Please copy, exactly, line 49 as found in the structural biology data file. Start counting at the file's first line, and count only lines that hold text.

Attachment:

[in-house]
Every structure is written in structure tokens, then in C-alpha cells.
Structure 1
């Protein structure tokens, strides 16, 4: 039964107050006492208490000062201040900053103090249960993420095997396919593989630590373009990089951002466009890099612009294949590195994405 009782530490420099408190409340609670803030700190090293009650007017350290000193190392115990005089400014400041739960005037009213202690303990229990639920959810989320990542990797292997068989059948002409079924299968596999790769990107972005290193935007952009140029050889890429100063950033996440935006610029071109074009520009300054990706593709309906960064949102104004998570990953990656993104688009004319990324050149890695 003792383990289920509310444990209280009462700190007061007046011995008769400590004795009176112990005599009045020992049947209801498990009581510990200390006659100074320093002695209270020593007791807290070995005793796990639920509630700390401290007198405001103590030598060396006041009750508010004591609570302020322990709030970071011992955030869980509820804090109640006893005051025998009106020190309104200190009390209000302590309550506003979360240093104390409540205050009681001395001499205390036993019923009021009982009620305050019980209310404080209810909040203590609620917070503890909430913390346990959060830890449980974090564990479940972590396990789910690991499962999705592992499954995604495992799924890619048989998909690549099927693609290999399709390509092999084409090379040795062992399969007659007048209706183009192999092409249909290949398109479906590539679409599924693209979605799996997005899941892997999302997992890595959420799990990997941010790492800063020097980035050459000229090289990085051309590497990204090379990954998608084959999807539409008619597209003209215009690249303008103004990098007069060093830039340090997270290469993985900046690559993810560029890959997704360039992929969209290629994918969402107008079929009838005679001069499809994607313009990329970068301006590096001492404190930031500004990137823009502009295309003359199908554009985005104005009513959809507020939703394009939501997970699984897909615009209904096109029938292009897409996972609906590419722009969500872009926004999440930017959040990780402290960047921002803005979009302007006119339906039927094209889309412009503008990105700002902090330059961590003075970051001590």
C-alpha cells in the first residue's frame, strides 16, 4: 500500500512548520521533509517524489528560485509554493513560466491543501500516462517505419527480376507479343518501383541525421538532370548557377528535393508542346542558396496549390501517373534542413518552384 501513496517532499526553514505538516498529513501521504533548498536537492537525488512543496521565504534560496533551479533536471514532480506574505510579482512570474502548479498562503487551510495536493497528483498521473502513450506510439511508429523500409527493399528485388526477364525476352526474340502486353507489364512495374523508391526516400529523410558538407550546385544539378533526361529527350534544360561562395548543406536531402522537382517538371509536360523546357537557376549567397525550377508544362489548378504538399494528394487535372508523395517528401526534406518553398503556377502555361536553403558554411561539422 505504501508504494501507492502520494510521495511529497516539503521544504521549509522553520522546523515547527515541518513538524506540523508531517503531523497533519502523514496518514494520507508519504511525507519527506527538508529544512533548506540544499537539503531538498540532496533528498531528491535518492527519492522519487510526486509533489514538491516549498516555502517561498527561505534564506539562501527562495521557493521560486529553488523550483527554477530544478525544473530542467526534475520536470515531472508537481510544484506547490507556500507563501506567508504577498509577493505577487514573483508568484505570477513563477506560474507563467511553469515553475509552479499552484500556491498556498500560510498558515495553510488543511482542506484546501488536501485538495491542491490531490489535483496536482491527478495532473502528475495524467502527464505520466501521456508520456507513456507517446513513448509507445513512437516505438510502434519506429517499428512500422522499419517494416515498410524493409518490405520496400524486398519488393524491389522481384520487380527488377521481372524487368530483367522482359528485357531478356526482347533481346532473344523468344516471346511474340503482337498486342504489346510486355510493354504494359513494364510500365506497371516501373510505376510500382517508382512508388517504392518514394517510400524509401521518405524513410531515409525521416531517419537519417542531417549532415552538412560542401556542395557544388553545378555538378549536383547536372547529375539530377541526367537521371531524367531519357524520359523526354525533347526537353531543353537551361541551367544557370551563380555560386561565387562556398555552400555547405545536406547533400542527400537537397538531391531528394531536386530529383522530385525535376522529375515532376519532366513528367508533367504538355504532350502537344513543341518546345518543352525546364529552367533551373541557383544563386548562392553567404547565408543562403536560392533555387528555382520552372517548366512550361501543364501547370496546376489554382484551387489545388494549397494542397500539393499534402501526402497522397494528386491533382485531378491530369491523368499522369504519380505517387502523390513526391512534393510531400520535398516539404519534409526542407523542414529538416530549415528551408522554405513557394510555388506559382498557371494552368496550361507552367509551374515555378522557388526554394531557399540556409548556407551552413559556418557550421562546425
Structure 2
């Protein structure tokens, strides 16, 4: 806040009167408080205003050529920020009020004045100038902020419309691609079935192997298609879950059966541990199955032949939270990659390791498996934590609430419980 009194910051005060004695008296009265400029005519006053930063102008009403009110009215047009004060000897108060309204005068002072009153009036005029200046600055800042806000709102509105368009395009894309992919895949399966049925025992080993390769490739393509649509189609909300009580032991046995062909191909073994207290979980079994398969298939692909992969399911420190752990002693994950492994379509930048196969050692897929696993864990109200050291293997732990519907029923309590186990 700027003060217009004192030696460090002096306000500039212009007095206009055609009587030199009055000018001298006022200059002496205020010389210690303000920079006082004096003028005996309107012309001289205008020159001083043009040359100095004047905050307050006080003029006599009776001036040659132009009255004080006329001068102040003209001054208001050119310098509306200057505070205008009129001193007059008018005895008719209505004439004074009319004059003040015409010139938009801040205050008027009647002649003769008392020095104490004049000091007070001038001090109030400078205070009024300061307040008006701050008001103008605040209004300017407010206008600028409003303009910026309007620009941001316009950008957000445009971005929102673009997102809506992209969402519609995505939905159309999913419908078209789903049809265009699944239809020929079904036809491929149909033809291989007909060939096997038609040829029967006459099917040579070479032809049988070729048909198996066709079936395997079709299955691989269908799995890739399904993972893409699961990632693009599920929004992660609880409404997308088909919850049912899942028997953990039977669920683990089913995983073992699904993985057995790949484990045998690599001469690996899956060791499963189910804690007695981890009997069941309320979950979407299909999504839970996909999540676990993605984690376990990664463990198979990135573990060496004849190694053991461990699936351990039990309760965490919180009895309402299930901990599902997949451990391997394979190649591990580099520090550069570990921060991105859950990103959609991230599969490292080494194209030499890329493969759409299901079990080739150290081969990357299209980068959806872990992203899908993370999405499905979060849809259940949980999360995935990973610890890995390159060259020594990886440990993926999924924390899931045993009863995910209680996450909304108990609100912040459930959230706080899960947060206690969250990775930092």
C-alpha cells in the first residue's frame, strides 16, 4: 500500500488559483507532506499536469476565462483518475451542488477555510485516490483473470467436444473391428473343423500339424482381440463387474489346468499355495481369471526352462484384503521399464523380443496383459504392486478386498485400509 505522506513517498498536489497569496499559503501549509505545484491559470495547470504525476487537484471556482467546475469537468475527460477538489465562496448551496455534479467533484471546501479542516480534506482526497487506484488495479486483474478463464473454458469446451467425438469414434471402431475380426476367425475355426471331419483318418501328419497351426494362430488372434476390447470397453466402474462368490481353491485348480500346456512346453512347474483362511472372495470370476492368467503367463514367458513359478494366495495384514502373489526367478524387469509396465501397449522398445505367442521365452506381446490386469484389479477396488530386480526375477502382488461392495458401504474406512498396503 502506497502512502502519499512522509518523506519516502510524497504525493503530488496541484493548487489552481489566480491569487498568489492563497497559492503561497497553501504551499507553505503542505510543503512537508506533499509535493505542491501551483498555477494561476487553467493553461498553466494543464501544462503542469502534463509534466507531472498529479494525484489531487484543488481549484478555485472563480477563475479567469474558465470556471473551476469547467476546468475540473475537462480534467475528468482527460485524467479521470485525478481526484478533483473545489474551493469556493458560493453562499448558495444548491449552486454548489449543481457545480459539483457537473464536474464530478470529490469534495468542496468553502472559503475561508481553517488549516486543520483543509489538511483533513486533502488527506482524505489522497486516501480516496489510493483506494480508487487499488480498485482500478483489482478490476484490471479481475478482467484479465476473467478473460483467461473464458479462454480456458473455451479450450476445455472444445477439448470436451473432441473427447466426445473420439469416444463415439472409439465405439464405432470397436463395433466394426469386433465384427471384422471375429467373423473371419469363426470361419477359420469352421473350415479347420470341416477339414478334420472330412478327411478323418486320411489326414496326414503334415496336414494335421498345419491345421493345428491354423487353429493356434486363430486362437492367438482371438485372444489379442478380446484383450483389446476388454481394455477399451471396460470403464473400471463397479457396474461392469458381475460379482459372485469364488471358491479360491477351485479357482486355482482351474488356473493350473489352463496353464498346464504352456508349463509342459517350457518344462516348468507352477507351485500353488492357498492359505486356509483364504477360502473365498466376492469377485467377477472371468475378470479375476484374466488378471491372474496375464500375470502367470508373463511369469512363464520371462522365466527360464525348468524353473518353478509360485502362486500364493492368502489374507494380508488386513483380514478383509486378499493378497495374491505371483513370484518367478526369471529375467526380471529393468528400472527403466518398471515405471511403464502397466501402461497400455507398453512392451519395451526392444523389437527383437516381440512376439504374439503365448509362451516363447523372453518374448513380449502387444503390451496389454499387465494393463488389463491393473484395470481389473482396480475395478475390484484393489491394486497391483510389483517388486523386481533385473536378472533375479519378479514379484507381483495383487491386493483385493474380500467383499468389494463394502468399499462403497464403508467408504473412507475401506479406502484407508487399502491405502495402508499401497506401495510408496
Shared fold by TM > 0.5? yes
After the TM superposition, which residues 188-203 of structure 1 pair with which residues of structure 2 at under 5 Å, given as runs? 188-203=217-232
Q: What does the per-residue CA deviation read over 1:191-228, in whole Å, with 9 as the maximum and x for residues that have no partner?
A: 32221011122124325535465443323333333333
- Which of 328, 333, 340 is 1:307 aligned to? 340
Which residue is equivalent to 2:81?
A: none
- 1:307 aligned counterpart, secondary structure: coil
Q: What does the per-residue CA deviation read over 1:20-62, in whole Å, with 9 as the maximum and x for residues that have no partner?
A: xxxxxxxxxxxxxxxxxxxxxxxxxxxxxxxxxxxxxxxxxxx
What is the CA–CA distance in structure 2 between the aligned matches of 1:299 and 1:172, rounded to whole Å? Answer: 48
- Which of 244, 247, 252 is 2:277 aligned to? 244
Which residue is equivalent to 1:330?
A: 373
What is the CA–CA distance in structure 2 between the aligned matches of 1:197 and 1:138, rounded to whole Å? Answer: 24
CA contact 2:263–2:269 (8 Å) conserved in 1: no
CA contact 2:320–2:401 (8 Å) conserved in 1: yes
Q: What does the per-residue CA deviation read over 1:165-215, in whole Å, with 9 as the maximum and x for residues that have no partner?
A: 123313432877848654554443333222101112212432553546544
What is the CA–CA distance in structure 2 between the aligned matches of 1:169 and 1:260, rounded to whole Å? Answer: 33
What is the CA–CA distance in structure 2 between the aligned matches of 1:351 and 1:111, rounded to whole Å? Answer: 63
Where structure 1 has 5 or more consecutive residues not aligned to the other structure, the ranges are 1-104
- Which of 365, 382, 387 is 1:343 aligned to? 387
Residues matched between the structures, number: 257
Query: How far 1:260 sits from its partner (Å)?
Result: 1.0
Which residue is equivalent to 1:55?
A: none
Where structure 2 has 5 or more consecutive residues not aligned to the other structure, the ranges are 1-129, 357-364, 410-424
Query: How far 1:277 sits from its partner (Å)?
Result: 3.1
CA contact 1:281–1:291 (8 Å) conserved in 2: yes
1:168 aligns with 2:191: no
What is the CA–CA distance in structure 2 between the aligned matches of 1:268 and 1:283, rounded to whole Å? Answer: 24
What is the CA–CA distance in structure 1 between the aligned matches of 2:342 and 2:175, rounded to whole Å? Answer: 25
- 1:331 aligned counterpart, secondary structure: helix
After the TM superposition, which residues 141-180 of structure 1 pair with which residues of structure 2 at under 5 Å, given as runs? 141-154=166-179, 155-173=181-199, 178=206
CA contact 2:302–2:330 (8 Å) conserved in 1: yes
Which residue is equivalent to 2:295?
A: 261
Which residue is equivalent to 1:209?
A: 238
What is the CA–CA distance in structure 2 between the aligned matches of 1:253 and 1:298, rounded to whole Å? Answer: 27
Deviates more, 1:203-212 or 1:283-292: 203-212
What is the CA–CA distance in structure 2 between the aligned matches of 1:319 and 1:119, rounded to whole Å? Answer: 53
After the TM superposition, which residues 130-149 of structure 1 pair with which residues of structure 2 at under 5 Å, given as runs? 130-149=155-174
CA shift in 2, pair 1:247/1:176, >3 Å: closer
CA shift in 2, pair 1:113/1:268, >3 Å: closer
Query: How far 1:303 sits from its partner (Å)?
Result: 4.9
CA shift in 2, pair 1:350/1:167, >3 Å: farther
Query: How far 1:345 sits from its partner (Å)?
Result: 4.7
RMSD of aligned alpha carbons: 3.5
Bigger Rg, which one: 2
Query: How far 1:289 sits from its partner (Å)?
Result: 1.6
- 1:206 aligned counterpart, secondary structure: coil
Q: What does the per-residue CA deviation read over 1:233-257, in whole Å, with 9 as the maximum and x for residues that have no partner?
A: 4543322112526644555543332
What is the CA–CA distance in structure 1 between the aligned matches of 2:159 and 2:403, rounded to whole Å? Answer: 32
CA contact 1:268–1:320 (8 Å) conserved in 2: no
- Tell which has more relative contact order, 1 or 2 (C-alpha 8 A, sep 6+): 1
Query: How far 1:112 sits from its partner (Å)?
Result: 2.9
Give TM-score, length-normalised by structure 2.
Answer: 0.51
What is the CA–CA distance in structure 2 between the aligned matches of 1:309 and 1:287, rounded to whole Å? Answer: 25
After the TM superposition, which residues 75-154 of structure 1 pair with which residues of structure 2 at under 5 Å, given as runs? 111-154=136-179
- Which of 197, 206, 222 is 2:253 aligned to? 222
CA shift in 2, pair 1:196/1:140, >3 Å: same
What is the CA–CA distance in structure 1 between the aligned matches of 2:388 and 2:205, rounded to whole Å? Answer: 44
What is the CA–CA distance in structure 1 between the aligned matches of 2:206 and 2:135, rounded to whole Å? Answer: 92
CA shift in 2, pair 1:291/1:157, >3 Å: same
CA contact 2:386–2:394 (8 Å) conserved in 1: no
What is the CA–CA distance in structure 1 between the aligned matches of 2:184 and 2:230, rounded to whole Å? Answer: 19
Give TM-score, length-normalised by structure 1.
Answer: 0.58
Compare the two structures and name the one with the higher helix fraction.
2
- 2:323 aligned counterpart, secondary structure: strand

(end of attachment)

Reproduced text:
Which residue is equivalent to 1:209?